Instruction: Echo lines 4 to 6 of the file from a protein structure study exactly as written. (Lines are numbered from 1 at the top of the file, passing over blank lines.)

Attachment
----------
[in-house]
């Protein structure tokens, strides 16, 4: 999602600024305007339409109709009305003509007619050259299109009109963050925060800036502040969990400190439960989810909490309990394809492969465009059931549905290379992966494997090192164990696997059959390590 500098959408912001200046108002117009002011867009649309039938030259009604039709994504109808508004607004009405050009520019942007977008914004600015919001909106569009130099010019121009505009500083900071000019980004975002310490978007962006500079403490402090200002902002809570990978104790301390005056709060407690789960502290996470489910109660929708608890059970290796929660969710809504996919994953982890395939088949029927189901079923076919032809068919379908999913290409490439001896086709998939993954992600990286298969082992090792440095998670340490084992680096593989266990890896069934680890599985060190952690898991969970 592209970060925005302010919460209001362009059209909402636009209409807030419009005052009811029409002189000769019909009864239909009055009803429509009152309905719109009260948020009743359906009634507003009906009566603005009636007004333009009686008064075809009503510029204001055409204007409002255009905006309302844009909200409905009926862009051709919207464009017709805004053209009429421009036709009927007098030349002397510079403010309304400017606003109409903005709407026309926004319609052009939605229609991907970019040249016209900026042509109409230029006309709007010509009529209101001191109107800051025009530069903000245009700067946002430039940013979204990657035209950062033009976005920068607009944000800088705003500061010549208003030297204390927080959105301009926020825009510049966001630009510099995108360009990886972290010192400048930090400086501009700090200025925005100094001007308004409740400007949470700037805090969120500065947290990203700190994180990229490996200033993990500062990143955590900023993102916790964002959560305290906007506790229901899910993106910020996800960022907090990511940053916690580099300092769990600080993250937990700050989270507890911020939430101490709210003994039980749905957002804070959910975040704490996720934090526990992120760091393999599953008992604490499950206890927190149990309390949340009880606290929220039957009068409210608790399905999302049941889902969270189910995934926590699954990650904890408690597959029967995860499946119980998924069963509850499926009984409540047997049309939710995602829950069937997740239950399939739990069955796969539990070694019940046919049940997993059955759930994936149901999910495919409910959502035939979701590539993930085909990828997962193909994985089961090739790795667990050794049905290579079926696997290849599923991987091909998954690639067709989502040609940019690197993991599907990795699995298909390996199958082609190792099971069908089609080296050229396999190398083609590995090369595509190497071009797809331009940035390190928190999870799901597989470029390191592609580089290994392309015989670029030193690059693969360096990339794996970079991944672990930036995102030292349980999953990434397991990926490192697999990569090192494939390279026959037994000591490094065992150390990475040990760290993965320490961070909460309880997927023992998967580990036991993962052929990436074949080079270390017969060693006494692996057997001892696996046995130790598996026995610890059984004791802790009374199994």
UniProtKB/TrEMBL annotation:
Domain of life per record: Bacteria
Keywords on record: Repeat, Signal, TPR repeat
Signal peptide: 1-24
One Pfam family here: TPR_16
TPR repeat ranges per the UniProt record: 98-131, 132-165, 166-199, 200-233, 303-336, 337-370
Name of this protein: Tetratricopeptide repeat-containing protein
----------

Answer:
Domain of life per record: Bacteria
Keywords on record: Repeat, Signal, TPR repeat
Signal peptide: 1-24